Hyundai’s behavioral economics crew is at it again

Hyundai’s marketers have already shown that they understand behavioral economics. They are at it again with this commercial, capitalizing on our aversion for ambiguity. The basic idea is that people show a preference for known risks instead of unknown risks. The original experiment illustrating ambiguity aversion is the Ellsberg paradox. A version of this paradox is a situation featuring an urn with 50 red balls and 50 black balls, and another urn that also has 100 balls but where the exact number of each color is unknown. Most people prefer the urn with the known probabilities of pulling a red or a black ball.

So how has Hyundai adapted that idea to sell cars? A used car is worth less than a new car. That’s obvious. But how much less? Most customers have no idea, and finding out would take a lot of work. They are facing an ambiguous urn. Hyundai, however, has a lot of data about their cars. They also have a lot of smart statisticians who can forecast future used car values. Hyundai’s urn is less ambiguous. Although it could try to turn its knowledge of the used car market into a urn with known odds, the company decides to go a step further. It just tells consumers exactly what the outcome will be.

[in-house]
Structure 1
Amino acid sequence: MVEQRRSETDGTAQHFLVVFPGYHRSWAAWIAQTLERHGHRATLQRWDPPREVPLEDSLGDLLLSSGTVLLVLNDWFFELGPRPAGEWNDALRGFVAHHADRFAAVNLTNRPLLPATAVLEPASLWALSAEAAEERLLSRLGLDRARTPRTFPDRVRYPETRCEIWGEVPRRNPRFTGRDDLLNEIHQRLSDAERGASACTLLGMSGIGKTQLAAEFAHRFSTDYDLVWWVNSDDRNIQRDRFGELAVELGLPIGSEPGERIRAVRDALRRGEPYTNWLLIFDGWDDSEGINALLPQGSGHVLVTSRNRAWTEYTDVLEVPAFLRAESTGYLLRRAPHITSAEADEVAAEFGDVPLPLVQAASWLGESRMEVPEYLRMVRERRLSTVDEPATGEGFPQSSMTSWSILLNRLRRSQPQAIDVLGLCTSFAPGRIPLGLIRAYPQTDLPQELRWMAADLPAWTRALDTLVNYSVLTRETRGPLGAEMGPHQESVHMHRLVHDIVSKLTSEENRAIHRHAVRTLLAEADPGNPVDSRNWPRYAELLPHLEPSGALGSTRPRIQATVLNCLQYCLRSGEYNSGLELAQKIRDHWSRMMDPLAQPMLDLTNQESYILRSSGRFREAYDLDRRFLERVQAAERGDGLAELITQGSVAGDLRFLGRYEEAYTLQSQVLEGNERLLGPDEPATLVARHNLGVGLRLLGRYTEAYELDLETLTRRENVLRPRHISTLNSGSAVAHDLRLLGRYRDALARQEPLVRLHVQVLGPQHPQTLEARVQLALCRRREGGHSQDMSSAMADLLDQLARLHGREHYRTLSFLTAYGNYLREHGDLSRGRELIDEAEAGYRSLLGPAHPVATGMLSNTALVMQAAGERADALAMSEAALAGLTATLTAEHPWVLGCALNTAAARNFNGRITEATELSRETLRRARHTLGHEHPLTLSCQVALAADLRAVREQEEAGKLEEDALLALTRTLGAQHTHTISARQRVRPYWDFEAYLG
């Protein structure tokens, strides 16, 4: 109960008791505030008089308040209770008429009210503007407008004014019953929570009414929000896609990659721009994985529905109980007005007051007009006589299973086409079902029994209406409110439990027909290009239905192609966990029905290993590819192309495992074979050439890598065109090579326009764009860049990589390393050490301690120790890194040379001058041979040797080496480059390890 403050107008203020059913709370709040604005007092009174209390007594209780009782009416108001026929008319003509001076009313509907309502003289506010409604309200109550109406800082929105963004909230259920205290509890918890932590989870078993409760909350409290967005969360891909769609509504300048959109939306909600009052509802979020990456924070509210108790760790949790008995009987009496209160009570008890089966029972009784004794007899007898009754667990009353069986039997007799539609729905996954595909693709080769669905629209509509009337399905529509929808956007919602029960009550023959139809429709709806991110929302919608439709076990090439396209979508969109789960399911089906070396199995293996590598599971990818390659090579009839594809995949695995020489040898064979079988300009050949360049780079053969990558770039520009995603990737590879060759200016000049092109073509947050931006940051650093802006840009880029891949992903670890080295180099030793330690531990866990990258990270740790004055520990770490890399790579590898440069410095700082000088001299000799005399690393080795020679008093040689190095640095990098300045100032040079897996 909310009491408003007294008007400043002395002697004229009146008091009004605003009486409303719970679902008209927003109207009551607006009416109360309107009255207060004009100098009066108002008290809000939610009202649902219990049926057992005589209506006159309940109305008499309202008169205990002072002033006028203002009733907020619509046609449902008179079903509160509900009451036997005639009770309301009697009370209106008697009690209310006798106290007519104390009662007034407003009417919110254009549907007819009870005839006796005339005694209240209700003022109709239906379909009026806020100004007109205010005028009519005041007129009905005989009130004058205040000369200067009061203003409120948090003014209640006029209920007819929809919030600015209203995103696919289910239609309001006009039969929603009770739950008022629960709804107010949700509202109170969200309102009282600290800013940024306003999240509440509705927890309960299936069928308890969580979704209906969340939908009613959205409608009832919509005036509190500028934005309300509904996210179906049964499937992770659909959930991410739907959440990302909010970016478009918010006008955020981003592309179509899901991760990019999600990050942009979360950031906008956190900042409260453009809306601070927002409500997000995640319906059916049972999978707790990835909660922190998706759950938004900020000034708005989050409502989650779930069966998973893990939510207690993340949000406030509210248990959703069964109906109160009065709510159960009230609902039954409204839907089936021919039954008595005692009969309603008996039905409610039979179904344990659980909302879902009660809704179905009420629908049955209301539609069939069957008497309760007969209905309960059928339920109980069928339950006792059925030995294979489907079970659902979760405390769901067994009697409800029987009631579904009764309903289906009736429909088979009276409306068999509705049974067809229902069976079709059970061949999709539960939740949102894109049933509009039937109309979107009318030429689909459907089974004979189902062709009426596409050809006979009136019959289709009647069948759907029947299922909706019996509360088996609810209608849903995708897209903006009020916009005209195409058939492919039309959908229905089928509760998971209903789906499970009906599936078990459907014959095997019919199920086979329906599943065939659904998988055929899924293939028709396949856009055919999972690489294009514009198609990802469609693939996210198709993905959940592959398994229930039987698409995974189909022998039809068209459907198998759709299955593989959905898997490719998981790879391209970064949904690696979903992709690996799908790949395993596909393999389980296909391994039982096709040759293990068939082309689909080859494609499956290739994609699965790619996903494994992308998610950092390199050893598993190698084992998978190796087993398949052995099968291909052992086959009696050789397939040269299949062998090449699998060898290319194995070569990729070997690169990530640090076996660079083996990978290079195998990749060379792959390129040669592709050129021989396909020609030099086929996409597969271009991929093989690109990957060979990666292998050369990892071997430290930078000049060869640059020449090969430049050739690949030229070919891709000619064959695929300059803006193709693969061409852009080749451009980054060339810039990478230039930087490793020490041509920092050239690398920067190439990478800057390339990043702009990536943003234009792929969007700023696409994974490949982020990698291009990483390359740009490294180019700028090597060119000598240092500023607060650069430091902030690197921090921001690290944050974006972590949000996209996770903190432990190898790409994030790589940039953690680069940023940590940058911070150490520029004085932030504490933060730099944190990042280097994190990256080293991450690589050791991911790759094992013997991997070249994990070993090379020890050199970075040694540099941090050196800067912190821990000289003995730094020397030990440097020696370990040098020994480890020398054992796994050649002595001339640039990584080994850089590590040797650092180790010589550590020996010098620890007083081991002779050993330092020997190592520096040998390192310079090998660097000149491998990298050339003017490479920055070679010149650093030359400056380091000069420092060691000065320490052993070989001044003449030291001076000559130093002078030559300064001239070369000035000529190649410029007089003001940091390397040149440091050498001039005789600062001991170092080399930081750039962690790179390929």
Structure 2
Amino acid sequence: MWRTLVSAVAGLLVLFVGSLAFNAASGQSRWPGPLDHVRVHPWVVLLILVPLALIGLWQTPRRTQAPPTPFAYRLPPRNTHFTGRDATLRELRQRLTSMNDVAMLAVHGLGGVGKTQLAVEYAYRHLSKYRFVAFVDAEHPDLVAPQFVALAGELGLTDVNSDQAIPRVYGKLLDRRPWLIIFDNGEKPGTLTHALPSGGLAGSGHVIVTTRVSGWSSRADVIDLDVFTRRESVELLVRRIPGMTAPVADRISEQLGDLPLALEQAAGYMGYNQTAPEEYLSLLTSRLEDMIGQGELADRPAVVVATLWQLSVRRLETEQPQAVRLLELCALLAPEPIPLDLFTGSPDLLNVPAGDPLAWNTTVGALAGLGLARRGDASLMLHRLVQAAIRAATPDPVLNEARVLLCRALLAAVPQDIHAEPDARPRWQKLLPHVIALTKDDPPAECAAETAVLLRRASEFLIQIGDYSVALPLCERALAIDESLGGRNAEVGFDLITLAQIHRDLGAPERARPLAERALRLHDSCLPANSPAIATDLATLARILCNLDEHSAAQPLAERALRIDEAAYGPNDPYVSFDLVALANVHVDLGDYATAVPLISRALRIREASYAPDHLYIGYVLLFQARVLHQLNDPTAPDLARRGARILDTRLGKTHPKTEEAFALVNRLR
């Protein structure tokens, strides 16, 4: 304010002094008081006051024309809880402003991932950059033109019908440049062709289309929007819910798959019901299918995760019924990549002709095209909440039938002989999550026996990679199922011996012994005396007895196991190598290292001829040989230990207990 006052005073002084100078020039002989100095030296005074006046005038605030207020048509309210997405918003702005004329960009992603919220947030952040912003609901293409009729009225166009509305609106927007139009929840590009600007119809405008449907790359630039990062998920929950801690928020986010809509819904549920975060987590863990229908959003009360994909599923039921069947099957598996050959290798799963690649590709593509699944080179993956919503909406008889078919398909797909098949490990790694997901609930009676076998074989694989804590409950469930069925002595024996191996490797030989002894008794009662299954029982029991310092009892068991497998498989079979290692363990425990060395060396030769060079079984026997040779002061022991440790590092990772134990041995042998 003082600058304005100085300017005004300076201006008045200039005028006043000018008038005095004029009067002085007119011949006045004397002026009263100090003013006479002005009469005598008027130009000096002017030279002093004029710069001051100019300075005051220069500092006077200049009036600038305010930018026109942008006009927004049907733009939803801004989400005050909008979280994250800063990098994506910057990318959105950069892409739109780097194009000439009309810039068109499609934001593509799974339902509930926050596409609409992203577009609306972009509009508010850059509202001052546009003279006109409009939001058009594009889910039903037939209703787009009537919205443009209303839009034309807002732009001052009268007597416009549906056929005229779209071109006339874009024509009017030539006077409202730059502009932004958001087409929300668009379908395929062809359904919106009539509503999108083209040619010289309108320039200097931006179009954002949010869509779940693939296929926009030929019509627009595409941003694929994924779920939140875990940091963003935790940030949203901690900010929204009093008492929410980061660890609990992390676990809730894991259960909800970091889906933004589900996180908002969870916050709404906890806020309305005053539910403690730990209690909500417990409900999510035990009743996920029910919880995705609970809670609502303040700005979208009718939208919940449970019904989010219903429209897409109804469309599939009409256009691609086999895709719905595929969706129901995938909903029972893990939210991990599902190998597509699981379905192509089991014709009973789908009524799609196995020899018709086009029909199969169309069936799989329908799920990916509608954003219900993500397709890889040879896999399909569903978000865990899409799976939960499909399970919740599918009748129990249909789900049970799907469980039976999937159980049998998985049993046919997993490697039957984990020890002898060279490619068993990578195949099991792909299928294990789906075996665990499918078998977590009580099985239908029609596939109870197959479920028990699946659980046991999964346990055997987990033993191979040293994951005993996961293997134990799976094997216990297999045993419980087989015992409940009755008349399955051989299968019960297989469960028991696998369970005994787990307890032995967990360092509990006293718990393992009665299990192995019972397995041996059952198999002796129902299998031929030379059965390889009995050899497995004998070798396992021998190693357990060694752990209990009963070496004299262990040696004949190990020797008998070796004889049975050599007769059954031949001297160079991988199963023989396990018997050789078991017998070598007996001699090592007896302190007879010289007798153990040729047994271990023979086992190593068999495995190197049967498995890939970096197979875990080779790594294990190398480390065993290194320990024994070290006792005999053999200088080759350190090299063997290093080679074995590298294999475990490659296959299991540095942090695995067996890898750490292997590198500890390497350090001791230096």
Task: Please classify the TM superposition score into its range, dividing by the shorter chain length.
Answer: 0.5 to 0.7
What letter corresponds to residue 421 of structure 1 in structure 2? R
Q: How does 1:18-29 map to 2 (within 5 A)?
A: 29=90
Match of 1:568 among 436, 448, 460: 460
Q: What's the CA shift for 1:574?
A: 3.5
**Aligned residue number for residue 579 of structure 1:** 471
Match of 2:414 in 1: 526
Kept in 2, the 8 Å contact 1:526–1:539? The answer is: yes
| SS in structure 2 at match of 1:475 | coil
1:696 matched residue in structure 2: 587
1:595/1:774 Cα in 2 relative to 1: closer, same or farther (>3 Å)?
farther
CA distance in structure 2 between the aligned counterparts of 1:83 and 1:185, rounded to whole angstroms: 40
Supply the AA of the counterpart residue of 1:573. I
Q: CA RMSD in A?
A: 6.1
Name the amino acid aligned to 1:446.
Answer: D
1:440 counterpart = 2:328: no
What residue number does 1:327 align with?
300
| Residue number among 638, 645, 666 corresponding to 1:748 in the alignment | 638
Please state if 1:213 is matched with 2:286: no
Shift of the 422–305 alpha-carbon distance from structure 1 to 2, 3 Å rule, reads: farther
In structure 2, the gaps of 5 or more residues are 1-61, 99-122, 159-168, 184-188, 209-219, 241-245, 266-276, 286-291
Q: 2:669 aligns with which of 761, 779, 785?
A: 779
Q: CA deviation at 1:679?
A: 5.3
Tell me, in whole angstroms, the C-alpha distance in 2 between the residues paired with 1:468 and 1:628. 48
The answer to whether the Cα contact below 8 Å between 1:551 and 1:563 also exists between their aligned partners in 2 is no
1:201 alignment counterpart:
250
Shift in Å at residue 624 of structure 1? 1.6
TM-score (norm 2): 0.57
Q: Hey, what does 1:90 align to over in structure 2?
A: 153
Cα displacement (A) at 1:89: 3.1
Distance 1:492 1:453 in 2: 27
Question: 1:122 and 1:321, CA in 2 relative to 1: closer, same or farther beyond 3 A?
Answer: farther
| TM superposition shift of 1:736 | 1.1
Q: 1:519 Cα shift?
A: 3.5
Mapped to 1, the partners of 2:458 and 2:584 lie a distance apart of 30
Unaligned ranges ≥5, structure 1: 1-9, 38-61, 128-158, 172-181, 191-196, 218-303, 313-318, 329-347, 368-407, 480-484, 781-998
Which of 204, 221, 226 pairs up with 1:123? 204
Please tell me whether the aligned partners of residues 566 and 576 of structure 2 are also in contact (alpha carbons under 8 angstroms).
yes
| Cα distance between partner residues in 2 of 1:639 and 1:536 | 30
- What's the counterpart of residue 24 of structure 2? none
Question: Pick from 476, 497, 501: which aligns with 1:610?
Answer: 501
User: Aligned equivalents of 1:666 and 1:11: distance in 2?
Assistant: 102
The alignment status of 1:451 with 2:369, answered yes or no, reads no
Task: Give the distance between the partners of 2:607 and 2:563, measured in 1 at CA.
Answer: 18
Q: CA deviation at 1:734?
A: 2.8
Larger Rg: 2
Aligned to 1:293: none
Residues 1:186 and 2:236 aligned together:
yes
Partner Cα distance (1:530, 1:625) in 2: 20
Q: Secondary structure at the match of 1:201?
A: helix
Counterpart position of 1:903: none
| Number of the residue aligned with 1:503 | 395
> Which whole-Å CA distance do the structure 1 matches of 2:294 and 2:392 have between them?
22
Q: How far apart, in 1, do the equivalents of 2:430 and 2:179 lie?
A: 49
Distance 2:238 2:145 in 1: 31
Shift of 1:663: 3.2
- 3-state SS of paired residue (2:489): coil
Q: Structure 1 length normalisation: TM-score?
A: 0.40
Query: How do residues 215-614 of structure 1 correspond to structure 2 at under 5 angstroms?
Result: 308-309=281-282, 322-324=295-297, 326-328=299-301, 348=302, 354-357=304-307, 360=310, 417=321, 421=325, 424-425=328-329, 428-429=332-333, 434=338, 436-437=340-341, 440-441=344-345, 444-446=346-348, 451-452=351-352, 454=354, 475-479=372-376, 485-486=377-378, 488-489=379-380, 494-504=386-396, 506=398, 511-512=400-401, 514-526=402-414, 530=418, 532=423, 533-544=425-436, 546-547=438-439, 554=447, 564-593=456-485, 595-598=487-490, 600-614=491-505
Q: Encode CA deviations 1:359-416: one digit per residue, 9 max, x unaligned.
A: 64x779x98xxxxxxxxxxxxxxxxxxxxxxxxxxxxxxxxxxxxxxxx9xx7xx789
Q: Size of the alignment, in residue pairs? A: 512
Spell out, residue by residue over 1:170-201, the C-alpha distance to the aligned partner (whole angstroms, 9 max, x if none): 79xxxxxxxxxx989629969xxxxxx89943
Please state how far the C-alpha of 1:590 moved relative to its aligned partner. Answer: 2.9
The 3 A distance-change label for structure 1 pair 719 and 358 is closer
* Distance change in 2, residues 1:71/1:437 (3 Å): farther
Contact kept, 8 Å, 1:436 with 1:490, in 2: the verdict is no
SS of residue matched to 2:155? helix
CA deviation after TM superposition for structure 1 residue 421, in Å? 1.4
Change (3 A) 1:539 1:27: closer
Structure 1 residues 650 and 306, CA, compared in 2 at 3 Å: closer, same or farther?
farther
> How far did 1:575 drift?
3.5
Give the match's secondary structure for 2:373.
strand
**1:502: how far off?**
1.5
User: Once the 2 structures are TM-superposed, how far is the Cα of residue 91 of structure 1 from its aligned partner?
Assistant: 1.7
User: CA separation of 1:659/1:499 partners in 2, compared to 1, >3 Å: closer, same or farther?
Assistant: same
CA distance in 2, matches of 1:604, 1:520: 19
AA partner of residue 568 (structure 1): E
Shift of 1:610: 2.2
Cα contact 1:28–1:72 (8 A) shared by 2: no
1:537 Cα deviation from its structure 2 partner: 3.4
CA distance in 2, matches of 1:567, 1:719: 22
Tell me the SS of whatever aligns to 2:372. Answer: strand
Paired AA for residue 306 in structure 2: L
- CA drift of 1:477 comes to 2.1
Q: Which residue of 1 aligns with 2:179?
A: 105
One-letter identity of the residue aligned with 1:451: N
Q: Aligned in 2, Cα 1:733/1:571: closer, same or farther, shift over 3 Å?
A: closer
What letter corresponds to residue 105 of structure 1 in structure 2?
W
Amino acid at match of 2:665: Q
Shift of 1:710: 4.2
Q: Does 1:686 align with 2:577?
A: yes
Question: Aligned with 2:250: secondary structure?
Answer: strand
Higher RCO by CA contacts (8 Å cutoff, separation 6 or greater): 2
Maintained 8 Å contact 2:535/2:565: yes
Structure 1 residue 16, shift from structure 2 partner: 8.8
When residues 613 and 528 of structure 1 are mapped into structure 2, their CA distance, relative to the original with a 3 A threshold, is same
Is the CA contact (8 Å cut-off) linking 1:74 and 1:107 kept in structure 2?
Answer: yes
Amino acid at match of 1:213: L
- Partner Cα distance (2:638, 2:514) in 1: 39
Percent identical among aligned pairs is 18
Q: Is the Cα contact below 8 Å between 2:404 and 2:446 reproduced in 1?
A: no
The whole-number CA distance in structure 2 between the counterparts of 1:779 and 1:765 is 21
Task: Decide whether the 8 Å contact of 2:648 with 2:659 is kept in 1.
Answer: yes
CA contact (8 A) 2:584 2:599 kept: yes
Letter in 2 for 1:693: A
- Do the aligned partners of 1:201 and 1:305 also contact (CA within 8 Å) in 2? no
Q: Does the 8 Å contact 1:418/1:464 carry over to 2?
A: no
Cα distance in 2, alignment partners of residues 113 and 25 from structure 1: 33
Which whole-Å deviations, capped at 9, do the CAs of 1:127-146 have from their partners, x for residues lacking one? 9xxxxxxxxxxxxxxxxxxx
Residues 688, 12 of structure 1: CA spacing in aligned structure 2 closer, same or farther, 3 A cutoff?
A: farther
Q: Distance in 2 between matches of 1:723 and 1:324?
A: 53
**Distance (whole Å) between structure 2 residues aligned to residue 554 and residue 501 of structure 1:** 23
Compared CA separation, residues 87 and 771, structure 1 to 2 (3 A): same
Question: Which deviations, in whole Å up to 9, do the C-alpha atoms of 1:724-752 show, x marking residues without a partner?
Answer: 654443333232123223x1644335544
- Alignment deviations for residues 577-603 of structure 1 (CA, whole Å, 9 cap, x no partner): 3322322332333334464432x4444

As the commercial says, “Nobody likes what happens to the value of that new car when they drive it off the lot.” With or without the program, the value of a new Hyundai is going to drop by some amount. Customers know that and accept it – even if they don’t like it. So Hyundai can make the present purchase decision easier by eliminating the future uncertainty about the size of that drop. The company has cleverly swapped an unknown risk for an absolute certainty, and made the new car “gamble” more attractive.

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  • Robert Wilson

    A used car is worth less than a new car. That’s obvious. But how much less? Most customers have no idea, and finding out would take a lot of work. And I think that hyundai dealerships in oregon get mexumimn amount from that used cars.